By Cinova

“Let everything happen to you
Beauty and terror
Just keep going
No feeling is final”
― Rainer Maria Rilke

Here’s the thing about change. We invite and resist change, we welcome and deny change, we are oblivious to it, we observe and marvel at it, we are constantly immersed in change and we strive all our lives to place parameters around it. And yet, change is ubiquitous and unrelenting, it is arguably the most powerful vehicle for growth and transformation. Our relationship with change is often perilous, as we struggle with our perceived lack of agency in the face of what often appears to be some kind of callous trick played by the universe. Dealing with change becomes more difficult as a result of the nature of the change and the amount of change we experience in a particular time span.

It seems to me that struggle arises from our tendency to judge or evaluate the change, rather than simply observe, acknowledge and be witness to the experience of this change in our lives. If we could learn to approach change with a sense of curiosity and perhaps even an element of awe, then we might drop our negative perceptions and reactions.

Fear and anger underpin so many of our responses to change. These are powerful, primordial emotions that are hard-wired into our psyche and physiology. We default to these fundamentally protective yet potentially counter-productive feelings because we are conditioned to do so by the society at large. The duality and ambiguity of our relationship with change stems from the conflicting messages we receive from popular culture and pop psychology. We are rarely shown or taught to sit with discomfort. Instead, when we experience a significant loss we are told to ‘move on’, ‘get over it’, ‘deal with it’. These ‘fight/flight’ actions don’t allow us to observe the impact of the change in our lives. It is little wonder that grief is such an accumulative experience, if all we ever do is try to ‘overcome’ the effects of loss. And let’s face it, change is always a manifestation of loss.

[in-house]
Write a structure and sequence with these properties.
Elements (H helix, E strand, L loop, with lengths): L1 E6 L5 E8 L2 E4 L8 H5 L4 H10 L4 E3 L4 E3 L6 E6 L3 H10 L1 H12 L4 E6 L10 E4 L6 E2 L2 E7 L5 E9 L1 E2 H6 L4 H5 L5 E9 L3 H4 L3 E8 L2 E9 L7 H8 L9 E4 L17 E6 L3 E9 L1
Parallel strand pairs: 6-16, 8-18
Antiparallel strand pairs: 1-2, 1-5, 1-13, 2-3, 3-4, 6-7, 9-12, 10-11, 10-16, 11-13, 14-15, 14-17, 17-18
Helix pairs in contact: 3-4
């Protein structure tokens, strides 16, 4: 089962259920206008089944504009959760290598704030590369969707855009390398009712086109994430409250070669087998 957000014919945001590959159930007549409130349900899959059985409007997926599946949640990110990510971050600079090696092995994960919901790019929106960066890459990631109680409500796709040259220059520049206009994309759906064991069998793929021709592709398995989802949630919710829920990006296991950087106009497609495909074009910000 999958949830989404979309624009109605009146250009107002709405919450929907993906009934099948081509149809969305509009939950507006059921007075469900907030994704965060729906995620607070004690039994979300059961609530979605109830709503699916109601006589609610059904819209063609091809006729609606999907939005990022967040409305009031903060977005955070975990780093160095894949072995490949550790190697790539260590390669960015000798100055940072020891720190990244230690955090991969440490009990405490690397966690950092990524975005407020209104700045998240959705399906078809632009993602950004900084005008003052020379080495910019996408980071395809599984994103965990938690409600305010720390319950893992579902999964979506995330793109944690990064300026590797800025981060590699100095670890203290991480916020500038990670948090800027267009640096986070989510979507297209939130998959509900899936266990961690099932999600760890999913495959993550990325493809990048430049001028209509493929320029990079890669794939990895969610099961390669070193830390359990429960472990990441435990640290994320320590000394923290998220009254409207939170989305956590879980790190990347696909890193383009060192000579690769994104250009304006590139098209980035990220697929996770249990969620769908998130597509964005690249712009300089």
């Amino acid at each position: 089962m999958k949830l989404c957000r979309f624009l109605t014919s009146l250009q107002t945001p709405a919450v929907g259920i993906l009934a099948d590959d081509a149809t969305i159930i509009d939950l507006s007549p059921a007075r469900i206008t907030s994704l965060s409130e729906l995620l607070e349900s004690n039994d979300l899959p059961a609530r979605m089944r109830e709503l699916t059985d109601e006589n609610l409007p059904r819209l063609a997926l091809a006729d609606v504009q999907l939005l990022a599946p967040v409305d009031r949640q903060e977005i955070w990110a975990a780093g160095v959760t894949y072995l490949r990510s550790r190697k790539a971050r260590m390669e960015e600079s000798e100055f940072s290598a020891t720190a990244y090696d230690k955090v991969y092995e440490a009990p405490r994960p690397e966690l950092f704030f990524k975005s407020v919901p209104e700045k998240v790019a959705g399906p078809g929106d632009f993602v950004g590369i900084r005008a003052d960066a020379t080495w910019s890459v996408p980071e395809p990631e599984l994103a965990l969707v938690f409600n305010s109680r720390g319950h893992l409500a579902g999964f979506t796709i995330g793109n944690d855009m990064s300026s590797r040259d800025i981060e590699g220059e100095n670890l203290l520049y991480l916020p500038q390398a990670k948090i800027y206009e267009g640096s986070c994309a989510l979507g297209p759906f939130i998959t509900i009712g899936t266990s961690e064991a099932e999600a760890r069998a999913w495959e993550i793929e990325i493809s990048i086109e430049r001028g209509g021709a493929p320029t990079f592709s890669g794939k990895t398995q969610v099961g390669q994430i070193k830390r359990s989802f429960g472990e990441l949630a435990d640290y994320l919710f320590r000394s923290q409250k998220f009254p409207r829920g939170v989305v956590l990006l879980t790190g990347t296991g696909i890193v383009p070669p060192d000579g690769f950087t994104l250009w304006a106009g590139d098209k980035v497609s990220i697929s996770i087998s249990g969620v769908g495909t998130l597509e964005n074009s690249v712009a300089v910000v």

There is perhaps another approach, that of embracing change as if it were a familiar friend, not fearing or fighting it as if it were our foe. If we accept and allow the existence of the emotions caused by change, then in time, we can create space around these feelings. They will eventually soften and evolve into something that we can live with. Eventually, the discomfort eases and the emotional disturbance or pain dissipates. Partly as a result of other changes, but mostly because of our willingness to welcome change and simply allow it to be. Of course, this approach requires us to trust that life will look after us, it requires acceptance of our small yet significant place in the grand scheme of things and it invites us to have faith in our own power for self-actualization. To believe that in the midst of a tempest, we can still set our own course, navigate rough seas and steer ourselves to safety is perhaps the greatest gift we can receive and give to ourselves.

“Let life happen to you. Believe me: life is in the right, always.”
― Rainer Maria Rilke

Link to Cinova’s blog:

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